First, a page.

Department of Political Science


Paolo Morini

Hi! I am Paolo Morini, I am a researcher in the Department and also the current Staff Lead for the Gender and Sexuality Diversity Network. Here are some random LGBTQ+ facts about me!

1⃣ What do you think is the most important cause LGBTQ+ people should fight for in the coming years?
Two very important issues come to mind: first, trans rights. In between damaging debates on whether trans women are women and endless waiting lists for access to health and medical services stretching to infinity, we can and should remember that the T belongs firmly in the LGBTQ+ community, and that transphobia has no place both within our movement and more at large in any part of society. Second, homelessness among LGBTQ+ youths: the Albert Kennedy Trust, who does excellent work to tackle the issue, recently published a report detailing the harassment and discrimination experienced by young LGBTQ+ people. Once more, trans young people are disproportionately discriminated against. We should all support AKT and other organisations campaigning to end homelessness in our community.

2⃣ What is your favourite song/book/movie/art piece/performance/tv show with a plot, character or theme related to LGBTQ+ lives? 
Last year I watched Limbo and I really liked it! It is a beautiful movie about the experience of refugees waiting to hear about their asylum claims in a remote island in Scotland. Half beautifully funny, half heartbreaking, it’s definitely one of my favourite movies of the past few years. Farhad, one of the refugees and a big fan of Freddie Mercury, conveys a small (and funny) queer version of the overreaching questions behind the whole movie around identity, origins, and where we are going. Endless landscapes, chickens and a bit of music bring it all together for a very enjoyable and touching watching experience.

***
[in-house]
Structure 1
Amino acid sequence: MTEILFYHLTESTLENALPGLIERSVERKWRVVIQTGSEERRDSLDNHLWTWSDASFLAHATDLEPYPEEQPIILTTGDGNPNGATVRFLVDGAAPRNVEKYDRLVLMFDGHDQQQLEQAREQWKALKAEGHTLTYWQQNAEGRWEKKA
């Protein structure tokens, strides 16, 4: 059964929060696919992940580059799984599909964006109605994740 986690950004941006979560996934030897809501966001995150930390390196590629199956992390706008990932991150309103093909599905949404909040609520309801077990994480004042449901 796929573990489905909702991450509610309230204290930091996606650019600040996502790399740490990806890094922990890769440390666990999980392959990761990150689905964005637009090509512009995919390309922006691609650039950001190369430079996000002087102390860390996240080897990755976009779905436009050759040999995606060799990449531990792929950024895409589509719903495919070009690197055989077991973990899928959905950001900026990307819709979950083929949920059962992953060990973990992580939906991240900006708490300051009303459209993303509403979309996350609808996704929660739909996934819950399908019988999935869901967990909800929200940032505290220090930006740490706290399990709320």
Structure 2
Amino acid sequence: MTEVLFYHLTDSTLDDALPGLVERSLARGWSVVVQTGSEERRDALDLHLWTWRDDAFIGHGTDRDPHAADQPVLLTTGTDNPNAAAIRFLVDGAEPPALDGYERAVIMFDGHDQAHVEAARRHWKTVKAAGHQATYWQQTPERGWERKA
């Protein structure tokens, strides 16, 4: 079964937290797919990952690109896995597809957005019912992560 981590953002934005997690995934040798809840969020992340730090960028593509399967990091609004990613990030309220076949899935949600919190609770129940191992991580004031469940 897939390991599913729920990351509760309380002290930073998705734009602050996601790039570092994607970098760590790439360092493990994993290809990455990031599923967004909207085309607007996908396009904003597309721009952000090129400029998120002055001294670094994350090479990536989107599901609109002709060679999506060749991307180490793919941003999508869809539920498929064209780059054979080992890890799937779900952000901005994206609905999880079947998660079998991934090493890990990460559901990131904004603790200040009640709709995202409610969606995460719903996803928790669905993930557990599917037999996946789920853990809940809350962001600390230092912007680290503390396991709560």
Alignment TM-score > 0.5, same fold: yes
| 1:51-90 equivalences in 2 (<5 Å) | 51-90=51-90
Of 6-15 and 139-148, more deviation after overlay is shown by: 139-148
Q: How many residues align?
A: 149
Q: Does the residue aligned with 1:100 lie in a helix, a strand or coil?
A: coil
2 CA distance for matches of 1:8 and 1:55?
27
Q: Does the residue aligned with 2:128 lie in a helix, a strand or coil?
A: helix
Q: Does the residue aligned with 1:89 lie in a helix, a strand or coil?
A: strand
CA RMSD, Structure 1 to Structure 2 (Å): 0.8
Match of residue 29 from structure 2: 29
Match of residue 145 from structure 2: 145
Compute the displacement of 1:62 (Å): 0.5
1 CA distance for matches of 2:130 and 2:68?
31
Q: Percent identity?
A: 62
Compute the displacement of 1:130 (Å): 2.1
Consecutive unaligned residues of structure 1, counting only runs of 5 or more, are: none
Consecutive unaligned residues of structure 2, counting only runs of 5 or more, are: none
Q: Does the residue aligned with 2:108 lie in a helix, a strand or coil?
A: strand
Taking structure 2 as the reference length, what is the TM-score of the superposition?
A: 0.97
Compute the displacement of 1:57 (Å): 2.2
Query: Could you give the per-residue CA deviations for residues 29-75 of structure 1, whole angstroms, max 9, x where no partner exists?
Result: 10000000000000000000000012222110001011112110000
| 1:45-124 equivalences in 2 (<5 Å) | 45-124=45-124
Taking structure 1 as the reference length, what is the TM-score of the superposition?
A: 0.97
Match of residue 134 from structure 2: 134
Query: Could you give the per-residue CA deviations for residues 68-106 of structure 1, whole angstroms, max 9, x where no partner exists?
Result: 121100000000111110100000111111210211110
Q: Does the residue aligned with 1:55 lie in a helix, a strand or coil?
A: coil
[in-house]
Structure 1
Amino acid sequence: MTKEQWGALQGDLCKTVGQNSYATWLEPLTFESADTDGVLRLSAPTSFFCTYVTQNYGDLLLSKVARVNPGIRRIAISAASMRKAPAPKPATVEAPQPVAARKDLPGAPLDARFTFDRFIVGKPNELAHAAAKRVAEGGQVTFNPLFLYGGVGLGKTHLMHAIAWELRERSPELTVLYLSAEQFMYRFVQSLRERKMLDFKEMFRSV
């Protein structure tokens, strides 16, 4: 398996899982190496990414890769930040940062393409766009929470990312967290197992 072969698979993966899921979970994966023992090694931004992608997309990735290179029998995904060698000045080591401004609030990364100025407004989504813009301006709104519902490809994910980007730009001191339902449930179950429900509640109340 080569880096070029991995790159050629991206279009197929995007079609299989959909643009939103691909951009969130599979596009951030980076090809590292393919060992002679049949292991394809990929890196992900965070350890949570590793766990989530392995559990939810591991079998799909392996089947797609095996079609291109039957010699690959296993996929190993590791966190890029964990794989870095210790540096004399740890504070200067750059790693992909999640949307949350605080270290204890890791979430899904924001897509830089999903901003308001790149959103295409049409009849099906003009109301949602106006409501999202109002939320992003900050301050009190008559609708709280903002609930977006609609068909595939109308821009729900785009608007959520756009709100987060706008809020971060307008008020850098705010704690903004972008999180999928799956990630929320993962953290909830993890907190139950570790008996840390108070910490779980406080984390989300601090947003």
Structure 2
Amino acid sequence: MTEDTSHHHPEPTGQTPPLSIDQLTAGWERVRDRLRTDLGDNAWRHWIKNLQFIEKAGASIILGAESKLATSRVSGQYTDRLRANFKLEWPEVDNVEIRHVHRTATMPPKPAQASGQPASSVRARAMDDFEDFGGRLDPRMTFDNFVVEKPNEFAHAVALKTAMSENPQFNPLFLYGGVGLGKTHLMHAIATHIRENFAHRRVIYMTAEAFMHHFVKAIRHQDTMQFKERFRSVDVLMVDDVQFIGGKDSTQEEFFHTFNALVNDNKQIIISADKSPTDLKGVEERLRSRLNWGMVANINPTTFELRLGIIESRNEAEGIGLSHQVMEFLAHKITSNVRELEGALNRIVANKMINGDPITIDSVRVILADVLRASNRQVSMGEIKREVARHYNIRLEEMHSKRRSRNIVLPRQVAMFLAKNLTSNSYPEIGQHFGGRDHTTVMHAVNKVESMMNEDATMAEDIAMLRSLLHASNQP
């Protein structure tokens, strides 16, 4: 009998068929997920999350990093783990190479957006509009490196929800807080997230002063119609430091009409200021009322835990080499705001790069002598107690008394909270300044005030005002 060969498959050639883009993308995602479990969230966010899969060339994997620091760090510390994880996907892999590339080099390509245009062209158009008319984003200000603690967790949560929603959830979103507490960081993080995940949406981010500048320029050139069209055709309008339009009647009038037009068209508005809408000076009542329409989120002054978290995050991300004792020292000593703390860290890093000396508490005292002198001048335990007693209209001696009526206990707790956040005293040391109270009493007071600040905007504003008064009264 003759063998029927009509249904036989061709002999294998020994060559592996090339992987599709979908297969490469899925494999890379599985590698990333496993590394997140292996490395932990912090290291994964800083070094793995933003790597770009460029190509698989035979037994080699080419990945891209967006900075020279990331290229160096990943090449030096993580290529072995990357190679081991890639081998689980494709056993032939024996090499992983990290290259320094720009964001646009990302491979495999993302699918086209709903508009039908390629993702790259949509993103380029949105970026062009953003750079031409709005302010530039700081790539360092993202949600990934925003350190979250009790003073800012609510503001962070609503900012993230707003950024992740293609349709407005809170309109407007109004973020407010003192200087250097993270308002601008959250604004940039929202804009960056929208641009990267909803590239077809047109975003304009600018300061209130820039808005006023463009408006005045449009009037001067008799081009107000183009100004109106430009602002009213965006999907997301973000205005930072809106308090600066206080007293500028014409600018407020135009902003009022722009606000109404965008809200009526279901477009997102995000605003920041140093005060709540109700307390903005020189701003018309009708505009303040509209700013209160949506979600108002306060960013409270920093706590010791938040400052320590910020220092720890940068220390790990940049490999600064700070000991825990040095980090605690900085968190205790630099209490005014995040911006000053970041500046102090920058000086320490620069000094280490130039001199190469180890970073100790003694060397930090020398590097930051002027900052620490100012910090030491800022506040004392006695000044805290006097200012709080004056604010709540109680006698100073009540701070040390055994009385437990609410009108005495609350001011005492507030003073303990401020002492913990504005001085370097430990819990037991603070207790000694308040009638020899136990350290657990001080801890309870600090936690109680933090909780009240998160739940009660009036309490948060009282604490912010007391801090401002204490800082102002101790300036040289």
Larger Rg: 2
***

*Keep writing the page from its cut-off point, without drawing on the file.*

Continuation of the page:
3⃣ How does your LGBTQ+ identity influence your work/studies at UCL?
I lived my best queer life back in my days as a student at UCL doing a lot of activism with my friends from the UCLU LGBT+ forum (who I’m still very happily in touch with to this day!). My favourite thing we organised was a series of talks and easy discussions about really broad topics including coming out and identities. In many of these events we got to meet other LGBT+ students in London and grew stronger in our newfound friendships. I will never forget hearing from many people attending these events and saying they found the strength to live more freely and to be happier to be themselves. I still bring the queer to many things I do now as a researcher: from my research interest in understanding why humans “care” and help each other (which I truly believe comes from my experience as a member of the LGBTQ+ world), to my efforts to build a stronger LGBTQ+ community in our Department. The queer never stops.